I hear and agree with you. Though my reasons are somewhat more selfish. If it weren't for linux, I wouldn't have been able to gift computers out, and I'd be the only one in my family with a computer. Now everyone has one, and I am no thief.(I won't pirate software, it is still theft)
I also have other reasons, performance, stability, security. I also find linux to be very slick and attention getting. It's different.
What I'm waiting for is the next google zeitgeist. Last one that they released spurred an interesting debate about the size of the linux userbase surpassing the Mac's size. I'm very much looking forward to a refresh from them.
Jan 25, 2006
7:50 AM EDT
---------------Meanwhile the middle class gets to pick up the tax burden that large corporations can avoid------------
It's in everybody's best interests for small to large corporations to not pay any taxes. The rich, the middle, and the poor. small and large companies/corporations never have, and never will ever pay taxes.
If congress all of a sudden says "new tax on the profits of GM, Nissan, Ford, etcetcetc" The price on every car in america goes up 10%. That's not conjecture or wishful thinking. That's the reality of economics. When costs go up it gets passed down to the consumer.
---------------and anyone who opposes corporations getting massive welfare from the government is just opposed to "conservative" economic principals------------------
This is one of the issues I've been called a socialist on. Welfare for corporations needs to go.
Welfare hurts business just as it hurts individuals. AMtrak is the perfect example. Let it die if it can't make it on it's own. Just ask the lion and the gazelle.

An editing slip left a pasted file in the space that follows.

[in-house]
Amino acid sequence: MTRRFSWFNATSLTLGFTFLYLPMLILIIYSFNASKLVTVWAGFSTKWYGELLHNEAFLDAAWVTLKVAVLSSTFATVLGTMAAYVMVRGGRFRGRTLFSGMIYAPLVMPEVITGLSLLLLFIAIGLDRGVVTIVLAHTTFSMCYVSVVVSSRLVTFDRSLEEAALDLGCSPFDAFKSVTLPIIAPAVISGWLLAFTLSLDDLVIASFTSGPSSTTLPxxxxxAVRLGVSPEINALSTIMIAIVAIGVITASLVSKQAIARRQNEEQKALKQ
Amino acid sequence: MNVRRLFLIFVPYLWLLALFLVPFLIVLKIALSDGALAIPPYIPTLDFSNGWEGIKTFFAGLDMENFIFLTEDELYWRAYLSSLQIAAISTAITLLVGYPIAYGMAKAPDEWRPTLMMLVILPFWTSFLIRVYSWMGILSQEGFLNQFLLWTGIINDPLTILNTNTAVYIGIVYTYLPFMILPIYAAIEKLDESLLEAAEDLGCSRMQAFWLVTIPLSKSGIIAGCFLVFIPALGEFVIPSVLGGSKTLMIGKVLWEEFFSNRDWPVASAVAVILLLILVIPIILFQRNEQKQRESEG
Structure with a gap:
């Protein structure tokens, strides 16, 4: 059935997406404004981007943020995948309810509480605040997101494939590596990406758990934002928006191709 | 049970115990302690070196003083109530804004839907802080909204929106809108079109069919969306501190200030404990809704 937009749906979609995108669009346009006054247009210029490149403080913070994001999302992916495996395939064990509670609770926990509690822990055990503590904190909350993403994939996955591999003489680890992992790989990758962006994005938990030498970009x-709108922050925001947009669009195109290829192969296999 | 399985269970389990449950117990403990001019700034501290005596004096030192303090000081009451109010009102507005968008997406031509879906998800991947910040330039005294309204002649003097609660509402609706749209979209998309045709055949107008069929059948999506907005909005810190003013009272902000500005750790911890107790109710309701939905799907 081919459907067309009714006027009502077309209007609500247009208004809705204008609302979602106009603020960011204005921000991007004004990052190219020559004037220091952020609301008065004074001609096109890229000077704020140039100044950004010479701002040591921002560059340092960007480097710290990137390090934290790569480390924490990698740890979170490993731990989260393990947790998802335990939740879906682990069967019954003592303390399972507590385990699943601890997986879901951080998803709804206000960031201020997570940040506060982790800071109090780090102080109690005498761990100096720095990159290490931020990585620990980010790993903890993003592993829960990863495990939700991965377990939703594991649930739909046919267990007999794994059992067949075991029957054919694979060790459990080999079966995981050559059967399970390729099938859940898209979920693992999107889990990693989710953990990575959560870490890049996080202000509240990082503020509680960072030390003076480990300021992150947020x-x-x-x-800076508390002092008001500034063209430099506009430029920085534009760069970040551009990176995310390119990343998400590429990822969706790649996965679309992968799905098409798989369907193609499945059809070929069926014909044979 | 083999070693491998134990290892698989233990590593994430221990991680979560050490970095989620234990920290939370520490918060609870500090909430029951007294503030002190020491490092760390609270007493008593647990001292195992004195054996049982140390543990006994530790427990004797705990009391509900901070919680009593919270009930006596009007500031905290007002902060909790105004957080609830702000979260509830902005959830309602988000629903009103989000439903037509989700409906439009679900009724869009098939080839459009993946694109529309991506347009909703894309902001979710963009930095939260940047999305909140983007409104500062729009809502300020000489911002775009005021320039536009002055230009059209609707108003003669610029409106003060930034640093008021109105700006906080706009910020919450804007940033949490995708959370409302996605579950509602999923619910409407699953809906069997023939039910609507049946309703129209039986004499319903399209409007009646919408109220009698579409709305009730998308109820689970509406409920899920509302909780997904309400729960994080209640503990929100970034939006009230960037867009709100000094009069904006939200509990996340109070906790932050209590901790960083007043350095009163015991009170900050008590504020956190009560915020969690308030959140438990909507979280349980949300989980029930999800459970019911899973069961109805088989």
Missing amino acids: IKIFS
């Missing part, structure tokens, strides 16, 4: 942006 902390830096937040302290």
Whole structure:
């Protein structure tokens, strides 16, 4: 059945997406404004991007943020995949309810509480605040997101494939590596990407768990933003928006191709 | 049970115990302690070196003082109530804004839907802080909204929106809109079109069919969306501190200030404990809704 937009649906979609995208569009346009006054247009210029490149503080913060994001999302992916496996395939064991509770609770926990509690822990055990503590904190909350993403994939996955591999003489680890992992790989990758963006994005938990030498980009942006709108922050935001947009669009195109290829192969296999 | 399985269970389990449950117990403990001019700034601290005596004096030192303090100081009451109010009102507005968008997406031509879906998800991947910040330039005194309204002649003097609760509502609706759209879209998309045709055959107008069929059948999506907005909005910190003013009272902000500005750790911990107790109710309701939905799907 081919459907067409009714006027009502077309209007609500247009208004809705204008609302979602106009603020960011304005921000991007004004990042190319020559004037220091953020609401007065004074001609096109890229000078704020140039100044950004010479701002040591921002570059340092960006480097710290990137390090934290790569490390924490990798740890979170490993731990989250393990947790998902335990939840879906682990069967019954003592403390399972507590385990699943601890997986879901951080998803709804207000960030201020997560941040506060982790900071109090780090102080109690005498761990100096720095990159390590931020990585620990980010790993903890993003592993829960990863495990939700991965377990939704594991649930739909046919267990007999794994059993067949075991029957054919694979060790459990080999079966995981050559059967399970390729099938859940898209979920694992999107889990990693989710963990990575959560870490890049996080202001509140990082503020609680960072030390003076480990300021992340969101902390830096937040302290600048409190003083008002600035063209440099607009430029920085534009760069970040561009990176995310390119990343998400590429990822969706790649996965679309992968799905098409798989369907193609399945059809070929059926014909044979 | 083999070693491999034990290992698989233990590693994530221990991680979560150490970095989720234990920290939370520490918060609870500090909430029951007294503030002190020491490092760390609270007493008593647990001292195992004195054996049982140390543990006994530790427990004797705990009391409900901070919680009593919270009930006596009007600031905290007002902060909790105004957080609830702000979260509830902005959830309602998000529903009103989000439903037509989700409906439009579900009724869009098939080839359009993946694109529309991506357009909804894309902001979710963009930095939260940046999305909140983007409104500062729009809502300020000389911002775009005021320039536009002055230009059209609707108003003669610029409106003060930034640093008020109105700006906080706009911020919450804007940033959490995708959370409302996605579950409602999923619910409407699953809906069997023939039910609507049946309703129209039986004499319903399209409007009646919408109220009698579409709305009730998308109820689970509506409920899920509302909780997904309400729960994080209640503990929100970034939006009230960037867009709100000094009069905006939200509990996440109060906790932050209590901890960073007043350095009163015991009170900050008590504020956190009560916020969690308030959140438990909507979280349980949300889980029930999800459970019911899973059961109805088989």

Jan 25, 2006
7:54 AM EDT
|Tadelste(by all means, comment away. You're a chief editor after all, and you have good insight)
-------------Pardon me for putting my opinion in here. The issue of Capitalism deals with the private ownership of property.-------------
Sure it does. This is one of the easiest ways to identify a capitalist vs a corporatist.
To a capitalist, your employees are valuable capital(assets) even though you don't own them. Your business means nothing without good employees.
Michael Eisner vs Walt Disney is a great example of a capitalist vs a corporatist. Eisner only cared about the all mighty dollar, wheras Disney was interested in being the best he could possibly be. Money/wealth/happiness are by- products of being the best you can be.
-----------------Now, the name calling and trying to decide who's a neo-con and who's a leftist is stupid. It's how the power brokers keep us occupied.-----------------
Agreed. 99%. While the name calling is largely stupid and is merely meant as diversion, it's good to know what (x group) is about and (y group) is about so you can move on past the groups and get on with your life. These groups largely exist to function as anchors.